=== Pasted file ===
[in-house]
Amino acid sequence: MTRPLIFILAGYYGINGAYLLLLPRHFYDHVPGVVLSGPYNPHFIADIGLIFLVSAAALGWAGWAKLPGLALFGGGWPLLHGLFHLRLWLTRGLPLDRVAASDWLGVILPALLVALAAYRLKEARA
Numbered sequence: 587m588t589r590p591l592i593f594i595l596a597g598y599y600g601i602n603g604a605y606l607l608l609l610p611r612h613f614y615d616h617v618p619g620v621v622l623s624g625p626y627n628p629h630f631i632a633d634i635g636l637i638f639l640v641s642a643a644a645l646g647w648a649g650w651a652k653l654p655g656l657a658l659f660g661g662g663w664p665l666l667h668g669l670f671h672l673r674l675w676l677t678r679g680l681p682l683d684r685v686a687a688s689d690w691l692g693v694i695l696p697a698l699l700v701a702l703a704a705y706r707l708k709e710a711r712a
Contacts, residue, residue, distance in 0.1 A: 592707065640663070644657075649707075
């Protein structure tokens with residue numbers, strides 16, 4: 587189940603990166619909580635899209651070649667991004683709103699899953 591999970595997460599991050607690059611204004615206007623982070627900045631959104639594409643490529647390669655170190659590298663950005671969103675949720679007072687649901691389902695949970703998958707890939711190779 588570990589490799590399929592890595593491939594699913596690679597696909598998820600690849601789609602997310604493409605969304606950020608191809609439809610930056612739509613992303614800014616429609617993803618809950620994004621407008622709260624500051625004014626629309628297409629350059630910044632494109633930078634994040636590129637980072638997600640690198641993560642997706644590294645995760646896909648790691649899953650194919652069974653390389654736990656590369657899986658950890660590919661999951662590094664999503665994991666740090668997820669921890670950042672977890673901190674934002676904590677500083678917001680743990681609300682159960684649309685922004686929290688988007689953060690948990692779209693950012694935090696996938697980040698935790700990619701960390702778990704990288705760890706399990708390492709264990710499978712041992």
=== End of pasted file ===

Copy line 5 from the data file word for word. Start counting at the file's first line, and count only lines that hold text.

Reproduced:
């Protein structure tokens with residue numbers, strides 16, 4: 587189940603990166619909580635899209651070649667991004683709103699899953 591999970595997460599991050607690059611204004615206007623982070627900045631959104639594409643490529647390669655170190659590298663950005671969103675949720679007072687649901691389902695949970703998958707890939711190779 588570990589490799590399929592890595593491939594699913596690679597696909598998820600690849601789609602997310604493409605969304606950020608191809609439809610930056612739509613992303614800014616429609617993803618809950620994004621407008622709260624500051625004014626629309628297409629350059630910044632494109633930078634994040636590129637980072638997600640690198641993560642997706644590294645995760646896909648790691649899953650194919652069974653390389654736990656590369657899986658950890660590919661999951662590094664999503665994991666740090668997820669921890670950042672977890673901190674934002676904590677500083678917001680743990681609300682159960684649309685922004686929290688988007689953060690948990692779209693950012694935090696996938697980040698935790700990619701960390702778990704990288705760890706399990708390492709264990710499978712041992």